Wedding stationery is so much harder than you think

When I last posted about my save the dates saga, I was simmering with frustration over the problem peculiar to weddings of TOO MUCH HELPFULNESS. If only everyone could stop being helpful! I would tell them when they were required and precisely to what extent they were called upon to be helpful! At all other times, everyone needed to sit down and NOT DO ANYTHING.

So I had a set of save the dates with a design I really loved and implementation about which I was meh shading to very disappointed. There were a few different ways I could have gone from there, but I talked to P, whose two primary roles as my fiance and boyfriend are:

1) To like me best

2) To talk me off the ledge on a regular basis

Most of my friends think I’m pretty laidback. This is because they are neither my parents nor dating me.

My chat with P really helped. I decided that damn it, maybe save the dates are a stupid thing to get stressed about, but it was too late for me not to care about them. I already cared! I just had to accept I cared and get on with it.

So I decided to have the save the date design redone. To clarify — the Architect had produced a delightful ink drawing based on the vision I’d described to her. She’d modified it as a sop to my parents’ sensibilities.

(I’ve talked about my parents’ objection to its being in black & white, but their other, funnier objection was that the design displayed prominently the fact that I was born in the year of the Tiger and P is an Ox.

“Tiger will eat the ox!” said my mom.

Essentially she was worried people would think I was bossy and wore the trousers in the relationship, because the Ox is obviously a milder animal than the Tiger. Well, I am bossy and I do occasionally wear trousers, but neither of those things have anything to do with the year I was born in. I’d be bossy and occasionally-trouser-wearing if I was a Rabbit.)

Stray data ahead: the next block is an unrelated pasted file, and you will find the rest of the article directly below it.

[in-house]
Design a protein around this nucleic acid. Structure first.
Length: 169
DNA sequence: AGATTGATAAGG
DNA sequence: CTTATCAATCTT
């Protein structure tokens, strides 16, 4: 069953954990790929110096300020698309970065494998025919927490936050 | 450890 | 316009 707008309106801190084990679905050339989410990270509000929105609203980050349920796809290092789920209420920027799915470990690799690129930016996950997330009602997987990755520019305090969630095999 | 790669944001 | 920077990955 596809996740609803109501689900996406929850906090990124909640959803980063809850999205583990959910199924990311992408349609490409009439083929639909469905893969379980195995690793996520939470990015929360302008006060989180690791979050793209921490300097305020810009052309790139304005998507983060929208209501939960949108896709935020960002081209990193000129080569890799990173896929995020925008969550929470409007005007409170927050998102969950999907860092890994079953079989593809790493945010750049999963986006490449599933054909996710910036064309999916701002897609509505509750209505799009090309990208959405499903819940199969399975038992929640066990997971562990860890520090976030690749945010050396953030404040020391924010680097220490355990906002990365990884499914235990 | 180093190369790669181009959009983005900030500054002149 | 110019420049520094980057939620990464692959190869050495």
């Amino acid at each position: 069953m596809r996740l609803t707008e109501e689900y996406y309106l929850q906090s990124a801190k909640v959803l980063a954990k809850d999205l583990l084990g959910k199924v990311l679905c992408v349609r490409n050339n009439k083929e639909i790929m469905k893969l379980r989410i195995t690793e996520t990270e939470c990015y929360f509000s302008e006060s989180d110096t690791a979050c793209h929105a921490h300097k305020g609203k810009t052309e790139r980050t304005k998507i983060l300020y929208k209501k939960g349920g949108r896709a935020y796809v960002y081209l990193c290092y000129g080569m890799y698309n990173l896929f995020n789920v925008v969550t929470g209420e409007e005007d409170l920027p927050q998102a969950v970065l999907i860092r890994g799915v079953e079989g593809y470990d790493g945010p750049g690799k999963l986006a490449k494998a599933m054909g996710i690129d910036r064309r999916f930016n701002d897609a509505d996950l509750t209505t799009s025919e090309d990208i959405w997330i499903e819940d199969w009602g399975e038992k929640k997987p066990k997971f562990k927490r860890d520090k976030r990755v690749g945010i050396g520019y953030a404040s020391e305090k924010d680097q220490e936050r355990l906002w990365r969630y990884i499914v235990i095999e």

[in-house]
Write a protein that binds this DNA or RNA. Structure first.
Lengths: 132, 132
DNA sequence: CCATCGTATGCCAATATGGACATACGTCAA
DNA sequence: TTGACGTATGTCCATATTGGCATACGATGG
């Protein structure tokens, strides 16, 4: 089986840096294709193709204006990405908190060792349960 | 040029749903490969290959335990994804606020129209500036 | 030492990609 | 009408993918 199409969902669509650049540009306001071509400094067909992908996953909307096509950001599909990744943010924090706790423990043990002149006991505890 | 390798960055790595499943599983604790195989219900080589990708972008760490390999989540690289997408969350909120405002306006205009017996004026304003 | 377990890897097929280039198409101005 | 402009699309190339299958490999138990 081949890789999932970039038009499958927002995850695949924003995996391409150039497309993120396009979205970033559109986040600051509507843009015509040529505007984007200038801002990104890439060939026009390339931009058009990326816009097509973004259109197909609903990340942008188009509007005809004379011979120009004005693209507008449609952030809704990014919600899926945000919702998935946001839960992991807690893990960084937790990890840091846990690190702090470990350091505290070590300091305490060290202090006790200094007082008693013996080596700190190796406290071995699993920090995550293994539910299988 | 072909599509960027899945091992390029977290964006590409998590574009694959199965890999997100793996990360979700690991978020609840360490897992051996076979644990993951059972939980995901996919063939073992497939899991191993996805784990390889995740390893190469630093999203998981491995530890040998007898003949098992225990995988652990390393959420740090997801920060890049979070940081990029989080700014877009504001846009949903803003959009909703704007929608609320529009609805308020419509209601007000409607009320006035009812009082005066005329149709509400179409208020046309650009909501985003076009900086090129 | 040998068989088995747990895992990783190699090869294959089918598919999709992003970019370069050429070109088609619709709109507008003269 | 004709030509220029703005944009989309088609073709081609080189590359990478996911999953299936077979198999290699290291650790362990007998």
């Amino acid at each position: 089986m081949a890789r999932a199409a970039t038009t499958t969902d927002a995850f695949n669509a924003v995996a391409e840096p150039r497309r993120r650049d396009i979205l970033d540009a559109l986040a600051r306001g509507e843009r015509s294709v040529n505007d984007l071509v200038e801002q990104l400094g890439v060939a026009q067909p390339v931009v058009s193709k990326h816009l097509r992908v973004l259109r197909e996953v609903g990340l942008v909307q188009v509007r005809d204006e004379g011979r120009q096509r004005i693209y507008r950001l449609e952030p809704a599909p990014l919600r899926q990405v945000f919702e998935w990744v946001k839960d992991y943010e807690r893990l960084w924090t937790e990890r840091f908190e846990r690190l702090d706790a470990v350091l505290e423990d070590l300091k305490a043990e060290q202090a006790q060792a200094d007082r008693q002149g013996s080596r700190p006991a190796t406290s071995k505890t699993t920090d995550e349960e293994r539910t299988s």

The modification needed to deal with this concern was minor and quite cute, so that was fine. But then the drawing passed out of the Architect’s control. My mom, with the best of intentions, arranged for it to be coloured by somebody else, and printed off several sets of cards.

I think the somebody else did a good job, but it wasn’t quite what I’d been hoping for. Unfortunately or fortunately, depending on how you look at it, the cards my mom used for printing are pretty flimsy and probably wouldn’t survive being tossed about in a mail bag full of other post. So I had a perfectly practical excuse for having the design redone, and I went for it.

The long-suffering, ever-obliging Architect agreed to recolour the card. I gnawed on my fingernails and tried not to worry about timing. (P essentially thought there would be no point to sending out save the dates once Christmas came around, since the cards would be lost in the deluge of Christmas post.)

After some confusion the Architect sent her coloured version of the design through. And it is PERFECT. I’d say it is even better than I’d hoped for, but to be honest I know how good the Architect is and I hoped for a lot. And I got it!

We are almost there. THERE is so close I can almost smell it. @_@ I ordered a set of postcards from Moo after discussing the text with P — a surprisingly thorny issue, as we have two weddings and two overlapping but not identical sets of guests, and we need to keep numbers at the English wedding in particular under control.

So all that remains is for the cards to arrive and for us to address them and send them off. I’m crossing my fingers that the cards are OK. On the one hand, I feel an overly optimistic “woohoo, it’s all sorted now!” attitude might jinx it and the cards might not be quite as awesome as I envisage. OTOH, I don’t think I’m so super demanding — I mean, I totally was demanding here, but that was mostly because I was edged out of control with certain parts of the process. As long as it’s an imperfection that happened under my watch, I feel I can handle it.

I feel a bit guilty as — not counting the set I dumped which probably cost my parents nothing in real terms — the cards themselves, without counting postage etc., cost only £7 short of the budget P estimated for the wedding invitations including save the dates. But it’s not a huge amount of money and it will, I hope, be worth it. We shall see.

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